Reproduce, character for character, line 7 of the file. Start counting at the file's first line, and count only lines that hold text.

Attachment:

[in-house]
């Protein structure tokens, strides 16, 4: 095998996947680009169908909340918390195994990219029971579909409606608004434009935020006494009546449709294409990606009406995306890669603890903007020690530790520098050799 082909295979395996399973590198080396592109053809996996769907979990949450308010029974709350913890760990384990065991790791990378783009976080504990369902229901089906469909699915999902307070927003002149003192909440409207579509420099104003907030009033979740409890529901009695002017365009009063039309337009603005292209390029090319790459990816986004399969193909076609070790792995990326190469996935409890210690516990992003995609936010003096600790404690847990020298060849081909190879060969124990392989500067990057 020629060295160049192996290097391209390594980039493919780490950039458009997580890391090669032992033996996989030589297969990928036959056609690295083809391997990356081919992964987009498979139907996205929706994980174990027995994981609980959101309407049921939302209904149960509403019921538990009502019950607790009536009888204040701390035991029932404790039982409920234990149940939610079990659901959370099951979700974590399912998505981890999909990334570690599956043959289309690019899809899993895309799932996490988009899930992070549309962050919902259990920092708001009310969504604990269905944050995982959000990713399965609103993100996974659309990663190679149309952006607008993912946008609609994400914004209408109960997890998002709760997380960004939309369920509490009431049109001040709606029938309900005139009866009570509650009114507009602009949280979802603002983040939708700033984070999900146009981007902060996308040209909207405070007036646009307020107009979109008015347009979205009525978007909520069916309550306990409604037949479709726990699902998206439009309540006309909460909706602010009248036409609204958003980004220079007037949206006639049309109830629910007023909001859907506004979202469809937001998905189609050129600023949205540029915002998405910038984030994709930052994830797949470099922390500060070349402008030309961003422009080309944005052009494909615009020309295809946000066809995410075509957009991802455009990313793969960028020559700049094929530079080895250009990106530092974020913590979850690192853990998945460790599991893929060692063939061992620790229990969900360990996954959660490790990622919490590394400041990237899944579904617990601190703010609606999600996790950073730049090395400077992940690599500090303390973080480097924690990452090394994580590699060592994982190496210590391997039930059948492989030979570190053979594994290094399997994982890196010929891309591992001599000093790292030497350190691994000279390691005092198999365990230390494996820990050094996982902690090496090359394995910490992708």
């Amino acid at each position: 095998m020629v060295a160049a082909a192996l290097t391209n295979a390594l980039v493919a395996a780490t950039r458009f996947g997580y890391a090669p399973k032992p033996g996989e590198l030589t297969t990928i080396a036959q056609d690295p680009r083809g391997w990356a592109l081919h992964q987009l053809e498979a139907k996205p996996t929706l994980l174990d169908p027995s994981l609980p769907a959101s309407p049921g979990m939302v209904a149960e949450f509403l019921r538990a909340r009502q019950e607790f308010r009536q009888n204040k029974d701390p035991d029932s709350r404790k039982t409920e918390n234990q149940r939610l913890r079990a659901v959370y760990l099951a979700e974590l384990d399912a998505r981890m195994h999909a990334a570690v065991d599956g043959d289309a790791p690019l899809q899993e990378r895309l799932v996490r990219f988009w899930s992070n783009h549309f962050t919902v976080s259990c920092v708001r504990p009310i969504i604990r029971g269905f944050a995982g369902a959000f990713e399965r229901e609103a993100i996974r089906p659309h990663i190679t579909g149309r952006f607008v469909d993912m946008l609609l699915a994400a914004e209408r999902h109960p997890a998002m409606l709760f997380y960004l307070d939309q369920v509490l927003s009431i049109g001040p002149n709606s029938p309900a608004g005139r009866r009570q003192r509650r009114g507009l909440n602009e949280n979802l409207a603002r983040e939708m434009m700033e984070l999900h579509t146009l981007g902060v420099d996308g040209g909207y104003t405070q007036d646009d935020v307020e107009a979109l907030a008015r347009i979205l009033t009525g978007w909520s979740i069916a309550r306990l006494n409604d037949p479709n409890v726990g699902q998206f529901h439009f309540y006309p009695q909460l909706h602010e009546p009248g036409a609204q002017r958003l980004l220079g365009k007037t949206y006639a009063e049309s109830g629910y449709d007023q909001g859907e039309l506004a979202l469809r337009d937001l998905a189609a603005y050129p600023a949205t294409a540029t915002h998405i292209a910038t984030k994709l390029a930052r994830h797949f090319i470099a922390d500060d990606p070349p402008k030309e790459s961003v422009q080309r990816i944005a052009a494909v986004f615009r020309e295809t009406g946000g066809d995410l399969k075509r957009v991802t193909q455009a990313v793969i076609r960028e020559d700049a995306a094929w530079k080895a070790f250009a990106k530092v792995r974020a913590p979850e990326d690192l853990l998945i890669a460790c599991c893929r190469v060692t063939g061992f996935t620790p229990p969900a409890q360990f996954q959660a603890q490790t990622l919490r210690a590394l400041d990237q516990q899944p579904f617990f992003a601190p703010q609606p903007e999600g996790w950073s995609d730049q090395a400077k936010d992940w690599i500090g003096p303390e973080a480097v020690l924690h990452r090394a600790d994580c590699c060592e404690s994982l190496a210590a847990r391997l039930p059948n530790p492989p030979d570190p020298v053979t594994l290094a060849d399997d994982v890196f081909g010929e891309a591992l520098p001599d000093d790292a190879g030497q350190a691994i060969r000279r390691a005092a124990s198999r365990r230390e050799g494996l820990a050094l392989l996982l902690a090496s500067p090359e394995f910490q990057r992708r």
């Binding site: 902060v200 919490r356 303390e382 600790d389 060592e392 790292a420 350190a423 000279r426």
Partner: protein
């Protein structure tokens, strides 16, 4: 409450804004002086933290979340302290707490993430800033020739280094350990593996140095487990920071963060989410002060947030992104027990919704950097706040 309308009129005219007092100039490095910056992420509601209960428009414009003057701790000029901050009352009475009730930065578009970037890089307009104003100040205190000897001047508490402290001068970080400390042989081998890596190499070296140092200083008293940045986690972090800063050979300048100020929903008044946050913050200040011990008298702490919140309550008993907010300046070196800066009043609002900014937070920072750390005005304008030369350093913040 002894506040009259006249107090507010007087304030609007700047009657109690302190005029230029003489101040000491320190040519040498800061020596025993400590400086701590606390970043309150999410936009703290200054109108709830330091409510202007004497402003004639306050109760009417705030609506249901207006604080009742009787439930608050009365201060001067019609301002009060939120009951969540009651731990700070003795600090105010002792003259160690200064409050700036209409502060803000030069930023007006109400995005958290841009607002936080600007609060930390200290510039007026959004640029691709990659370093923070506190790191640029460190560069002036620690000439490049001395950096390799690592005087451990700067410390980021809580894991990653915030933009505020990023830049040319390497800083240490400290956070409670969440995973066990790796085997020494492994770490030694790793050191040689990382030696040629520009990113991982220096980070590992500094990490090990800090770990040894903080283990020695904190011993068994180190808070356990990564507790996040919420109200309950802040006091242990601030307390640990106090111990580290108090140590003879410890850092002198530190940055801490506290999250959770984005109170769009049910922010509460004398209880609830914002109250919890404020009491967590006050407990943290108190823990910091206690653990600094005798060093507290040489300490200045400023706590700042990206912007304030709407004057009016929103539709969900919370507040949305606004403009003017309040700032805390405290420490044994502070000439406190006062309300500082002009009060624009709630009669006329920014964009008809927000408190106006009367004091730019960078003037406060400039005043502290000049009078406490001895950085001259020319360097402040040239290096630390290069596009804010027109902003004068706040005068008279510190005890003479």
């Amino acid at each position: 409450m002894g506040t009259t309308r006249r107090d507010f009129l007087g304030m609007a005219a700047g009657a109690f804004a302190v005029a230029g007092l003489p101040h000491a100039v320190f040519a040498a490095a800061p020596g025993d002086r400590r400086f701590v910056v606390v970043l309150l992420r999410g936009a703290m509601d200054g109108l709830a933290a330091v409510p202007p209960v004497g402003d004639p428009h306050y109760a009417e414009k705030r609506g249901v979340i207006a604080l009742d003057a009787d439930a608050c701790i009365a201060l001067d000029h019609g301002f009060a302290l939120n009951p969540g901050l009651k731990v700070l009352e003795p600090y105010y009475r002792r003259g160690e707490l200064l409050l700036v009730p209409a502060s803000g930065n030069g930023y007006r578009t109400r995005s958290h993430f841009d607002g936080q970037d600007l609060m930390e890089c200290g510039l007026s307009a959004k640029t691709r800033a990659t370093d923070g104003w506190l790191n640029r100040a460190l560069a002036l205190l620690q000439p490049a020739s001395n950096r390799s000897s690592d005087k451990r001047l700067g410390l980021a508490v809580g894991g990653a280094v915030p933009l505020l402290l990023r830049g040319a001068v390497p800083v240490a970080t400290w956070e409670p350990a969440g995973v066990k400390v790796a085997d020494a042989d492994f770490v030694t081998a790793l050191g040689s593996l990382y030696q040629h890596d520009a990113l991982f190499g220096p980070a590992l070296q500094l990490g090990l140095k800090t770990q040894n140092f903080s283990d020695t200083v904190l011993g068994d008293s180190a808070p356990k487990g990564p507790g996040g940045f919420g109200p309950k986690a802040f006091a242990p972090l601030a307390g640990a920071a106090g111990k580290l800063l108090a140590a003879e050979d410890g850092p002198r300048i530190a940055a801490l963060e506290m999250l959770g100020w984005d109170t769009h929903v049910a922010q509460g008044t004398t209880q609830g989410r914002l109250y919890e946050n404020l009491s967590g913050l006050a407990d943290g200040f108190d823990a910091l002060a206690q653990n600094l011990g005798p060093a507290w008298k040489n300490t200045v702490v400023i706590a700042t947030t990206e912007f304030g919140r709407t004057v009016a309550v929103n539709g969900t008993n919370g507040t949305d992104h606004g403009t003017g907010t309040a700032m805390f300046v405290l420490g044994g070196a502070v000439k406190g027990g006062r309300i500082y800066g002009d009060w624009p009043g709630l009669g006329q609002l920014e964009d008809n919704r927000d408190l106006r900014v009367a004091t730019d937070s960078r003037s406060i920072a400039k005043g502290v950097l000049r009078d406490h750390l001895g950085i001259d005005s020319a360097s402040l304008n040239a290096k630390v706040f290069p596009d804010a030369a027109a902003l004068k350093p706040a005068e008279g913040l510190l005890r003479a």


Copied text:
């Amino acid at each position: 409450m002894g506040t009259t309308r006249r107090d507010f009129l007087g304030m609007a005219a700047g009657a109690f804004a302190v005029a230029g007092l003489p101040h000491a100039v320190f040519a040498a490095a800061p020596g025993d002086r400590r400086f701590v910056v606390v970043l309150l992420r999410g936009a703290m509601d200054g109108l709830a933290a330091v409510p202007p209960v004497g402003d004639p428009h306050y109760a009417e414009k705030r609506g249901v979340i207006a604080l009742d003057a009787d439930a608050c701790i009365a201060l001067d000029h019609g301002f009060a302290l939120n009951p969540g901050l009651k731990v700070l009352e003795p600090y105010y009475r002792r003259g160690e707490l200064l409050l700036v009730p209409a502060s803000g930065n030069g930023y007006r578009t109400r995005s958290h993430f841009d607002g936080q970037d600007l609060m930390e890089c200290g510039l007026s307009a959004k640029t691709r800033a990659t370093d923070g104003w506190l790191n640029r100040a460190l560069a002036l205190l620690q000439p490049a020739s001395n950096r390799s000897s690592d005087k451990r001047l700067g410390l980021a508490v809580g894991g990653a280094v915030p933009l505020l402290l990023r830049g040319a001068v390497p800083v240490a970080t400290w956070e409670p350990a969440g995973v066990k400390v790796a085997d020494a042989d492994f770490v030694t081998a790793l050191g040689s593996l990382y030696q040629h890596d520009a990113l991982f190499g220096p980070a590992l070296q500094l990490g090990l140095k800090t770990q040894n140092f903080s283990d020695t200083v904190l011993g068994d008293s180190a808070p356990k487990g990564p507790g996040g940045f919420g109200p309950k986690a802040f006091a242990p972090l601030a307390g640990a920071a106090g111990k580290l800063l108090a140590a003879e050979d410890g850092p002198r300048i530190a940055a801490l963060e506290m999250l959770g100020w984005d109170t769009h929903v049910a922010q509460g008044t004398t209880q609830g989410r914002l109250y919890e946050n404020l009491s967590g913050l006050a407990d943290g200040f108190d823990a910091l002060a206690q653990n600094l011990g005798p060093a507290w008298k040489n300490t200045v702490v400023i706590a700042t947030t990206e912007f304030g919140r709407t004057v009016a309550v929103n539709g969900t008993n919370g507040t949305d992104h606004g403009t003017g907010t309040a700032m805390f300046v405290l420490g044994g070196a502070v000439k406190g027990g006062r309300i500082y800066g002009d009060w624009p009043g709630l009669g006329q609002l920014e964009d008809n919704r927000d408190l106006r900014v009367a004091t730019d937070s960078r003037s406060i920072a400039k005043g502290v950097l000049r009078d406490h750390l001895g950085i001259d005005s020319a360097s402040l304008n040239a290096k630390v706040f290069p596009d804010a030369a027109a902003l004068k350093p706040a005068e008279g913040l510190l005890r003479a």